When your business and your home life collide, and not in a good way.
They say that anyone who starts a business or even enters into a business arrangement of any kind should do a lot of research. Even a little bit of due diligence typically pays off in the long run, so it’s time well spent.
This is something that Poonam Sandhu, a 33-year-old Watsonville, California resident is wishing she had done.
And unfortunately, the business relationship she entered into was a landlord/tenant relationship. This brought the problem very close to home, literally.
Sandhu rented out her spare room.
This seemed like a sensible thing to do. She had her own home with a spare bedroom and she was looking to bring in some extra cash. Renting out via Airbnb was her reasonable next step.
I’m sure she didn’t think for a moment this could turn out to be the biggest nightmare of her life, thus far.
She eventually took on two tenants, a couple who paid her on time—for a total of two weeks.
Then things started to go sideways.
The couple had a story for her at the beginning of the third week. They told Sandhu they were both waiting for their paychecks and asked her if she would be willing to accept a cash payment. They wanted to give her daily cash payments.
At this point, alarm bells should have gone off for her, but they didn’t. Or if they did, she ignored them.
In an interview with ABC News, she said,
“I trusted in humanity. I had no reason not to trust them.”
That, plus the fact things had gone well with the tenants up to that point, helped her make her decision.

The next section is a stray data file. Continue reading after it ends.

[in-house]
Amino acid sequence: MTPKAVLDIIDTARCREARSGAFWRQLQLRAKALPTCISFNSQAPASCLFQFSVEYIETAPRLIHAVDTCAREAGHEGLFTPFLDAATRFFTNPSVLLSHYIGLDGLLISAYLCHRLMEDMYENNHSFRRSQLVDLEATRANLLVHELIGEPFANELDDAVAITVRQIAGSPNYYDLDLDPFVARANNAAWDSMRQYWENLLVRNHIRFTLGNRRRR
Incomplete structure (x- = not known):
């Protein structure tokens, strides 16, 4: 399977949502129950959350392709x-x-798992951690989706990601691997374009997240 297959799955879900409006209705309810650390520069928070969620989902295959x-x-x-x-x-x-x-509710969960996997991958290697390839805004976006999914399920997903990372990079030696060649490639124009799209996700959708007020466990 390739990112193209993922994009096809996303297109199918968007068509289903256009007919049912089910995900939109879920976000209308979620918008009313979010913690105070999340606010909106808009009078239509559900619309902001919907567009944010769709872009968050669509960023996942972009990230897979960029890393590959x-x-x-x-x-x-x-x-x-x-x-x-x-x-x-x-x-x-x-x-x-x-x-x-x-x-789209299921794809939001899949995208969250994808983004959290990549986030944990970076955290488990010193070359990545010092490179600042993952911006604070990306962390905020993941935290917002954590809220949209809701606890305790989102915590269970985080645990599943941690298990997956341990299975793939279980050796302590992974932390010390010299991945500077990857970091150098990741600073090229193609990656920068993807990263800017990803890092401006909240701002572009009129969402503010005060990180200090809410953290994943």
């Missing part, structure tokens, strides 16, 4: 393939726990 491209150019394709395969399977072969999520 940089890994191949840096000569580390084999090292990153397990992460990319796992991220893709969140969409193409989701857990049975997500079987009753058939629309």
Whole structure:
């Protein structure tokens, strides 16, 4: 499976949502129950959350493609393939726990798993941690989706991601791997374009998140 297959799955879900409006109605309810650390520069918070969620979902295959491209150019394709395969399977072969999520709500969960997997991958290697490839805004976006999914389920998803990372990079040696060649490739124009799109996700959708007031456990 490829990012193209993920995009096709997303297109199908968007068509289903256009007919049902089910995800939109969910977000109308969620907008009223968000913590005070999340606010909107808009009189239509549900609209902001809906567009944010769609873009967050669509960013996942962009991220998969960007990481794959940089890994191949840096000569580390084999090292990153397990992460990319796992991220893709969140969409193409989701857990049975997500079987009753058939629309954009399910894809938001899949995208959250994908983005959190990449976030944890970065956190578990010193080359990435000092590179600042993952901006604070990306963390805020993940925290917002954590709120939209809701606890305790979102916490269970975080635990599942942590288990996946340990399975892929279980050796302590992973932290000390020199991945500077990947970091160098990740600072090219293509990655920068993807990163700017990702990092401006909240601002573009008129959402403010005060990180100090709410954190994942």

She agreed to take the cash. And in doing so she terminated the agreement between the tenant, herself, and Airbnb. And Airbnb has insurance protections in place to deal with non-paying guests, whether they are long-term or not.
With the Airbnb relationship terminated, she enters into a new relationship with her “guests.” She is now their landlord, and they are now her tenants.
And they weren’t the good tenants they seemed to be at the outset.
For about a month, the couple made sporadic payments.
But by the following month, even that stopped.
And then the nightmare intensified.
The two would have fights in their bedroom, to the point where Sandhu had to call the police multiple times to break them up. They began to use Sandhu’s things, and turned destructive, eventually doing something to the plumbing the led to the water having to be shut off for three days.
They ate her food.
Things progressed to the point where she installed eight security cameras in her home.
She asked them to leave but they refused to go, even though she offered to put them up in a hotel. She finally hired a lawyer and had them served with an eviction notice, but that was ignored.
They crept around the house at night, peeking into her things.
When speaking with CBS San Francisco, she said,
“It’s essentially like watching burglars in your house, constantly waiting for them to pick up the next item.”
Despite all this, the law was on their side.
Attorney Leo B. Siegel told ABC News:
“Once someone’s been inside your house for more than 30 days, they’re considered a tenant. They’re entitled to 30 days’ notice before you can even file the lawsuit.”
In the end, Sandhu paid them $1700.50 to get them to leave. And they accepted it. Despite the cost, she was happy to see them go. Of the experience, she says it was,
“…the worst thing I’ve ever experienced in my life.”
There is a lesson for everyone here.
It turns out this couple has three other eviction judgments against them in the same area. So they know what they are doing, and have no problem gaming the system.
If Sandhu had done a bit of the due diligence I mentioned at the outset, this never would have happened. She shares,
“All these things I’m learning the hard way. … I know a lot better now.”
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